Motivational and inspirational writer, Bryan Hutchinson is the author of several books about life with ADHD including the highly acclaimed, best selling "One Boy′s Struggle: A Memoir" and the author of the hilarious eBook that went viral "10 Things I Hate about ADHD"

At your requests, another excerpt from My Book

Thanks to all the emails and requests, I am still trying to read and reply to them all – hang in there, I will get to you! For those of you requesting another excerpt, okay, your wish is my command:


ADD children need encouragement and personalized attention, and most importantly, they need positive, constructive feedback. A young ADDer must already deal with the fact he or she does not function like other children. An ADDer child often looks, walks, and talks just like any other typical child and yet they seem to stand out as an underachiever. There is nothing an ADDer child wants more than to do well and achieve. Really, when it comes to our interests, hobbies and talents, we are overachievers! When we constantly fail in a structured environment, we are not only punished, but we think less of ourselves. Nobody can punish an ADD child more than the ADDer child can do to him or herself. It is impossible to correctly treat the symptoms of ADD or any illness without a proper diagnosis, and if it is assumed that there is nothing wrong, that makes the suffering much worse. Denial can be detrimental to a child´s development. One of my major lifetime habits is to repeat myself. This might not be a direct ADD symptom, but I usually repeat myself due to the severe discipline I received for my actions as a child. I was often fearful and spoke softly, almost not wanting to be heard. As a result, I would frequently have to repeat myself. A child who is undiagnosed and is an unrealized ADD sufferer must contend with constant reprimands, and eventually develops habits to cope. Some of those habits make the child appear afflicted with other ailments. Depression and suicidal thinking is common in a person who has grown up with undiagnosed ADD. Having low self-esteem and depression in addition to having ADD, is a recipe for a disastrous life. Therefore, on purpose, I repeat myself. Denial can be detrimental!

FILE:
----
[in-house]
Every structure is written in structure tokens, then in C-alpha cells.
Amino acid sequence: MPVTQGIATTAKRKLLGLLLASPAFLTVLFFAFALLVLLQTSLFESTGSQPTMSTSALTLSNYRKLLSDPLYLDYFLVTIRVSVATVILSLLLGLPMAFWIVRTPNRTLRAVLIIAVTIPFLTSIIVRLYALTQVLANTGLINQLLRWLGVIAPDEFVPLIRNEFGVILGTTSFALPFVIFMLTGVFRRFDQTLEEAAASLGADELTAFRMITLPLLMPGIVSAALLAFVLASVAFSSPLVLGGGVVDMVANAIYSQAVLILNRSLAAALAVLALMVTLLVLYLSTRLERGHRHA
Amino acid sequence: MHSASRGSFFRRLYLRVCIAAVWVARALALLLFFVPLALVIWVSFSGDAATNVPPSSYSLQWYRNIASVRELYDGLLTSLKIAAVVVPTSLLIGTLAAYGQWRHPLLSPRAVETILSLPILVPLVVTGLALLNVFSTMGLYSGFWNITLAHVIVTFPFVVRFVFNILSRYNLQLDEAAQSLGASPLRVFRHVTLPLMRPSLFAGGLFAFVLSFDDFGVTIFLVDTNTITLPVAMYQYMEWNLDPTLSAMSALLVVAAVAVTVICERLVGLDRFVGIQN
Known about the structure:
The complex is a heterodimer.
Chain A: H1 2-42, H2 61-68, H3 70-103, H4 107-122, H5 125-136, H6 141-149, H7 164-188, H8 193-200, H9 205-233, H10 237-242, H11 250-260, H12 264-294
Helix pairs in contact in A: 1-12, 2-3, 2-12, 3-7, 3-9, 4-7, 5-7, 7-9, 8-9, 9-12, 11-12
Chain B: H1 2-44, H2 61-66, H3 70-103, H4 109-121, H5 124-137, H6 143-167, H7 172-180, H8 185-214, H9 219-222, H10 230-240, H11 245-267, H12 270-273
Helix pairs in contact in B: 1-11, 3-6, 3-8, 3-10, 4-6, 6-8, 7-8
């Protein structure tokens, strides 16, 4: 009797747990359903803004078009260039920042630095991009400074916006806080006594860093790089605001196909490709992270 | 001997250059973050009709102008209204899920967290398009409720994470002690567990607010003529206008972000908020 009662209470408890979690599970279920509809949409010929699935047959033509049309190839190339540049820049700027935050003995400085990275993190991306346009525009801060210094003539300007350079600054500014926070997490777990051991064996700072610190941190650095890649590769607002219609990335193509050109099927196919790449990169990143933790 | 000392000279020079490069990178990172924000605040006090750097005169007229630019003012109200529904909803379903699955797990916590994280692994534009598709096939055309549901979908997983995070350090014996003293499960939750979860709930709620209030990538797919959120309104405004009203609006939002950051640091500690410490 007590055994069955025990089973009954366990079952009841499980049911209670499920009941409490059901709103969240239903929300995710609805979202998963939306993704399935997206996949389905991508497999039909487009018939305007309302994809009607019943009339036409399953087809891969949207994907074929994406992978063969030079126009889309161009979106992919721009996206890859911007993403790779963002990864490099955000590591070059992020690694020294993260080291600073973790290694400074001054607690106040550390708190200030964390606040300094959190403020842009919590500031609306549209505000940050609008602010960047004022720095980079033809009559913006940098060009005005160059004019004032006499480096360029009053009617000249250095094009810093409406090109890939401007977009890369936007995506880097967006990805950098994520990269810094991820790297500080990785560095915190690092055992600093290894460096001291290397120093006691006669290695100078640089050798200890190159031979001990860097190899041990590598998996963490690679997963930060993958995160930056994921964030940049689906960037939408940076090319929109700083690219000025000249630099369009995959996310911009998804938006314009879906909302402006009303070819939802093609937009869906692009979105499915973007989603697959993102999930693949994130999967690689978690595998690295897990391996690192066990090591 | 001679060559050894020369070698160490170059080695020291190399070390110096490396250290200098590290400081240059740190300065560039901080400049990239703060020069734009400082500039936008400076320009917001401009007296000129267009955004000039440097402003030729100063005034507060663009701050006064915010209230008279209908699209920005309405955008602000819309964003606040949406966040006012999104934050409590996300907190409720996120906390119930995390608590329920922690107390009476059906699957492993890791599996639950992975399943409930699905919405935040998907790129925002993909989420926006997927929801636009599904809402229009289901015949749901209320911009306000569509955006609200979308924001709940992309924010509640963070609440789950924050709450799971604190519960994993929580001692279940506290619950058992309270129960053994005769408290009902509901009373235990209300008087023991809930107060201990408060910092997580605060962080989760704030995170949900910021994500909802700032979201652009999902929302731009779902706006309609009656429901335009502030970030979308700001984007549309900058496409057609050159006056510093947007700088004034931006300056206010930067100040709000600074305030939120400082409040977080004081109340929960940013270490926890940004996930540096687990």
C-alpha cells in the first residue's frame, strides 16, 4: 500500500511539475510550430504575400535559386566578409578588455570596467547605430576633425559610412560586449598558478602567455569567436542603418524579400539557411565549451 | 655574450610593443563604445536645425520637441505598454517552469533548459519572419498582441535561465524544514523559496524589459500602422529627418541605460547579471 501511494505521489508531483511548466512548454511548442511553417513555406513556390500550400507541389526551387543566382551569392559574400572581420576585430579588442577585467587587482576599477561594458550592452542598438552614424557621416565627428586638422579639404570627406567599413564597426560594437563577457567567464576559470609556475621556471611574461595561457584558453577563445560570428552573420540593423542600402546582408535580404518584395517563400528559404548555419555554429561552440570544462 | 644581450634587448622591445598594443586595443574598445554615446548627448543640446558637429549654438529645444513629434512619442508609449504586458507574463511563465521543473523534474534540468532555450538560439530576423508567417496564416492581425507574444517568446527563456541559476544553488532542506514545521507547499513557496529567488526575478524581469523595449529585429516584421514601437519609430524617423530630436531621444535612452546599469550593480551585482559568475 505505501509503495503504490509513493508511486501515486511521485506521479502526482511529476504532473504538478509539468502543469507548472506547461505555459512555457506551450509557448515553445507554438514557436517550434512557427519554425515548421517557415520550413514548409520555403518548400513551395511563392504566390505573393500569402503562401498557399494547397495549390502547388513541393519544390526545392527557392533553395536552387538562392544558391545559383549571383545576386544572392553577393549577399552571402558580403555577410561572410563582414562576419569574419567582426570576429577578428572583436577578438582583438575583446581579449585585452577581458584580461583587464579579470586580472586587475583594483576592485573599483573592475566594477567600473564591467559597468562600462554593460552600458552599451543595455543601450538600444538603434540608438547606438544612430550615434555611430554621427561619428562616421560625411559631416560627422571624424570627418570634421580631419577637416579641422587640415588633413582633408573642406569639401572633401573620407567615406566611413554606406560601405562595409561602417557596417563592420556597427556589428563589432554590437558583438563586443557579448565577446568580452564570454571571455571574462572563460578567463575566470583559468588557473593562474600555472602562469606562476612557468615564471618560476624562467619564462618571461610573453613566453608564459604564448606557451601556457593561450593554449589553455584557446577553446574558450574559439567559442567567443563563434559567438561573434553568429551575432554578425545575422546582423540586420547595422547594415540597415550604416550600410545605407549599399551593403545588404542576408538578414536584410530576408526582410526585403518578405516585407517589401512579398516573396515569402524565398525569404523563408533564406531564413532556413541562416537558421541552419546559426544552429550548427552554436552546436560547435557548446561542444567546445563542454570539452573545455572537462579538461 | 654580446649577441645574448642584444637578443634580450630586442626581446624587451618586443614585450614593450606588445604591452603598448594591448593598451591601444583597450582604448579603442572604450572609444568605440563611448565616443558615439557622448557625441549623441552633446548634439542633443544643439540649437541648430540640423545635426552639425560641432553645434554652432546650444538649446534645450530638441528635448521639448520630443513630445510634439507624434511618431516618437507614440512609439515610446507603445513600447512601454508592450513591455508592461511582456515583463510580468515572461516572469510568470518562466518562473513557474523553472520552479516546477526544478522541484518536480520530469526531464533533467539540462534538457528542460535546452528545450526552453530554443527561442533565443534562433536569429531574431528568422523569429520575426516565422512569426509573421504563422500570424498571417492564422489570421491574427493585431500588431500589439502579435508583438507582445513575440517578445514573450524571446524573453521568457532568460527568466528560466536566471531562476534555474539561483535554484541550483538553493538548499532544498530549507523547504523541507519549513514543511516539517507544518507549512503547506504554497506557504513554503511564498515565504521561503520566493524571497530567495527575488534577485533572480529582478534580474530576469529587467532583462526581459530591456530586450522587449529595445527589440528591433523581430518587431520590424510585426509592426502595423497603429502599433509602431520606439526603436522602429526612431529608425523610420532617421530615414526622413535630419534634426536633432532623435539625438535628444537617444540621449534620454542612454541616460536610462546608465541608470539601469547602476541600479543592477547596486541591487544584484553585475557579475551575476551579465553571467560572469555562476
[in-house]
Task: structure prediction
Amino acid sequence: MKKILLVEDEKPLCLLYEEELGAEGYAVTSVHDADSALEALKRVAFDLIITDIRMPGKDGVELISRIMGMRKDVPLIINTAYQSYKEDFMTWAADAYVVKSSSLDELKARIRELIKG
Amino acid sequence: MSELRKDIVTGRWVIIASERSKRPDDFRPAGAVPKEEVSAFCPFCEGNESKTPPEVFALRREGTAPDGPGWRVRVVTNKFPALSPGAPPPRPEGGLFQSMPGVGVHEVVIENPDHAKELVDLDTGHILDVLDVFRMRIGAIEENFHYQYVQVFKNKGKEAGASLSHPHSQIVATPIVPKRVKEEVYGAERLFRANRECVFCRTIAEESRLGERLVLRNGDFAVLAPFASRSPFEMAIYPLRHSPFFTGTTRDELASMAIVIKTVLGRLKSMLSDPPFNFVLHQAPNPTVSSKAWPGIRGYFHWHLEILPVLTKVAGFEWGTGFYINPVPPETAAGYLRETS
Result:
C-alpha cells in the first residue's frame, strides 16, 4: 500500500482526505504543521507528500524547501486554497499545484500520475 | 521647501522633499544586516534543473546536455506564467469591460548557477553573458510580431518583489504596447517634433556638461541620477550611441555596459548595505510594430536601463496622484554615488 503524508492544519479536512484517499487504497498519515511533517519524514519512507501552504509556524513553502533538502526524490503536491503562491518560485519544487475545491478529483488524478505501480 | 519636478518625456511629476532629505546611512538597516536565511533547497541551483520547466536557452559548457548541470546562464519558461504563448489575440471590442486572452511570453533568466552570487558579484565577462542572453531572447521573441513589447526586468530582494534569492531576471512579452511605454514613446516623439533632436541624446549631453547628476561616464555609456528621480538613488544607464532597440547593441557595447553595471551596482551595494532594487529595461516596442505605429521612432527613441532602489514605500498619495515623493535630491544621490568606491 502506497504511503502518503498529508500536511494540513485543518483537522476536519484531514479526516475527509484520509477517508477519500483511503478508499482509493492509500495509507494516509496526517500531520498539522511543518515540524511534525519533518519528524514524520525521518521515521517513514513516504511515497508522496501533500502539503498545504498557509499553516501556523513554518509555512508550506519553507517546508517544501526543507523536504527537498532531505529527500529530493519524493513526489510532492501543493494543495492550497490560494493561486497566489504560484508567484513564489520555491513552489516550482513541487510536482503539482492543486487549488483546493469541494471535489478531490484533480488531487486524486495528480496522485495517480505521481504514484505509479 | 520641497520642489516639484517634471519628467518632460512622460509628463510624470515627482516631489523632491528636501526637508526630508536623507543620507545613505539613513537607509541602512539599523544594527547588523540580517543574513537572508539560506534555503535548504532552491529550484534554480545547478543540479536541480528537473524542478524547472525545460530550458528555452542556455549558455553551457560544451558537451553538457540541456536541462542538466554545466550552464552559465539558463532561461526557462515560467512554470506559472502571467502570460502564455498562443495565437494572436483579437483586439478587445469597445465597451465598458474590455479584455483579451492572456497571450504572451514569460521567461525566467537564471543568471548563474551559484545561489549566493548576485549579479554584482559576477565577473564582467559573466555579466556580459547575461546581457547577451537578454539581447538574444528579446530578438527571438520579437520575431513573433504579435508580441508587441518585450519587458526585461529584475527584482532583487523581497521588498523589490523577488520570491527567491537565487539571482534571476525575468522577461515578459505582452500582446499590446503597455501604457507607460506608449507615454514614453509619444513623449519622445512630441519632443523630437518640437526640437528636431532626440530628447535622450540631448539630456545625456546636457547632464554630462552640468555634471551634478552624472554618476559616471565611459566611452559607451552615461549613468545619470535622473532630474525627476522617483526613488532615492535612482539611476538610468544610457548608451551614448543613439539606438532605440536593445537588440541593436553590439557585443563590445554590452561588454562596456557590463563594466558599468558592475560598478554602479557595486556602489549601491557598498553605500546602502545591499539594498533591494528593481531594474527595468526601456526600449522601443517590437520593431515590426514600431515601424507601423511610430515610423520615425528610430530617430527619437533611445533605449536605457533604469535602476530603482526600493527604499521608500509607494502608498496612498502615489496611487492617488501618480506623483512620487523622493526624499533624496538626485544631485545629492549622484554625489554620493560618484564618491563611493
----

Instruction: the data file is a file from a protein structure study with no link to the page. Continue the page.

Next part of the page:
This has been a paragraph from my book “One Boy’s Struggle: A Memoir – Surviving life with Undiagnosed ADD”